The Luxury of Taking Your Time

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Last week I peeled walnuts. I sat down with a sharpened skewer and a bowl of walnuts, doused in boiling water.  I slowly, methodically, lifeted the sheer skins off the nut, scraping each surface, excavating each tiny canyon.

Most of my days are measured by time.  I wake (too early) to the alarm, then it’s rush all day long to meet one deadline after another – beat the traffic, get to school by the first bell, get to work on time, get to daycare before it closed, get the children fed and bathed and in bed by a reasonable hour, and then squeeze in whatever leisure I can before I must go to bed, too, in order to have the energy to tackle the next day.

Meals, too, are hurried affairs.  What breakfast can be eaten in the car?  Do I have time to pack lunch or is it cafeteria day again?  How quickly can I get dinner on the table?  Do the grownups get to eat before 9 pm?  What I’m primarily looking for in a recipe is some combination of efficiency, taste and health – I don’t have time for precision or technique.

But occasionally, I will be able to steal an hour to sit down and peel walnuts.

I was making chiles en nogada – a Pueblan dish of stuffed chiles topped with a creamy walnut sauce and pomegranates.  We had guests visiting from out of town, and I wanted to make something special.  The recipes I found warned that the walnut peels added a bitterness to the sauce, and so I sat down, ignoring the piles of laundry, the dishes in the sink, the emails to be answered, and I lifted the skins off those walnuts with a pointed skewer, bit by bit, seeking, as I did so, the touch of the sublime.

There is joy in this kind of work, if you can find it.  If you can leave behind the deadlines for some time and work with your hands at a tedious task that will take your finished product one step closer to perfection.  If you can inhabit your task, thinking only of what is in front of you – not today’s crises, or tomorrow’s challenges, but only this – the walnuts, the skewer, the bowl of creamy nuts, stripped of their protective skin.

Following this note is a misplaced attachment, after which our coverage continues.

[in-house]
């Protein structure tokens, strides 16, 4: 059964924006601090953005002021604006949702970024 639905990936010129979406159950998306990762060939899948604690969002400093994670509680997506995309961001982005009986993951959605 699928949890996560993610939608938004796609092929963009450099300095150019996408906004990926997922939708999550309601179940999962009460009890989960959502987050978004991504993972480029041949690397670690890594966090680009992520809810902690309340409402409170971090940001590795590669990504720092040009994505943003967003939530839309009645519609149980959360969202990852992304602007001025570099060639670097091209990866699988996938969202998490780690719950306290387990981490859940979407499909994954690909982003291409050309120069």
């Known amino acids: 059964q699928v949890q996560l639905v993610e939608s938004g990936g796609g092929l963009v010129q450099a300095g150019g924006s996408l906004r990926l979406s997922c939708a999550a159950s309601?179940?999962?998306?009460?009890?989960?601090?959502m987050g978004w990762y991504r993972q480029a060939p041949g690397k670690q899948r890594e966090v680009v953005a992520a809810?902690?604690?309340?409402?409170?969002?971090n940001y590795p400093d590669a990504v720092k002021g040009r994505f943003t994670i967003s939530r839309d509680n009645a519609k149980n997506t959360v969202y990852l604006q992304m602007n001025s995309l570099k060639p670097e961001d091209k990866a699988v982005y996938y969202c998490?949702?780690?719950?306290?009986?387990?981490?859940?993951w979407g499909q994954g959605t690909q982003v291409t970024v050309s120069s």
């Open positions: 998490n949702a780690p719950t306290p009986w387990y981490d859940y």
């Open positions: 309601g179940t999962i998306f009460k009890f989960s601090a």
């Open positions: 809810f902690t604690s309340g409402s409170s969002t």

This is why I love to cook, and the type of cooking I love to do – to take the time to make something, to take the extra time to make it well, to make it right.  Not every meal is like this.  Heck, not one in ten meals is like this.  But if it weren’t for these meals – these meals prepared without the pressures of the world – I couldn’t make the others – the dinners on the table in ten, the breakfasts on the go, the brown bag lunches.    There have been a slew of articles lately about people who hate cooking – the drudgery of it.  I get it! I do!  Getting meals on the table can be a real slog.   I value shortcuts – and I share them with you here – because I need shortcuts.  I need the tips and the tricks to keep the domestic front from losing us the war.  And that’s why a lot of the recipes I post here on The Domestic Front are just that – recipes that help you get meals on the table, even when it’s a chore (and by you I mean men and women.  I’m not trying to tie women to the kitchen.  But we need to eat, and our kids (if we have them) need to eat, and there is value in eating good, home-cooked food, in a culture of cooking, and of developing skills and self-reliance.

But if the only cooking you ever get to do is the kind you have to do, it will always feel like a slog. It will be hard and hateful.  But if just sometimes you can take the time, have the luxury to cook something because you want to, not because you need to, take the time to make it just a little better without bringing down the whole operation, find your groove in a quiet kitchen – that’s where the good stuff is.

I didn’t peel all the walnuts.  I decided, after an hour or so, with my fingers pruned and my shoulders hunched, that I would prefer bitterness in the sauce to bitterness in my soul if I continued.  It was delicious anyway.  The point is in the process.

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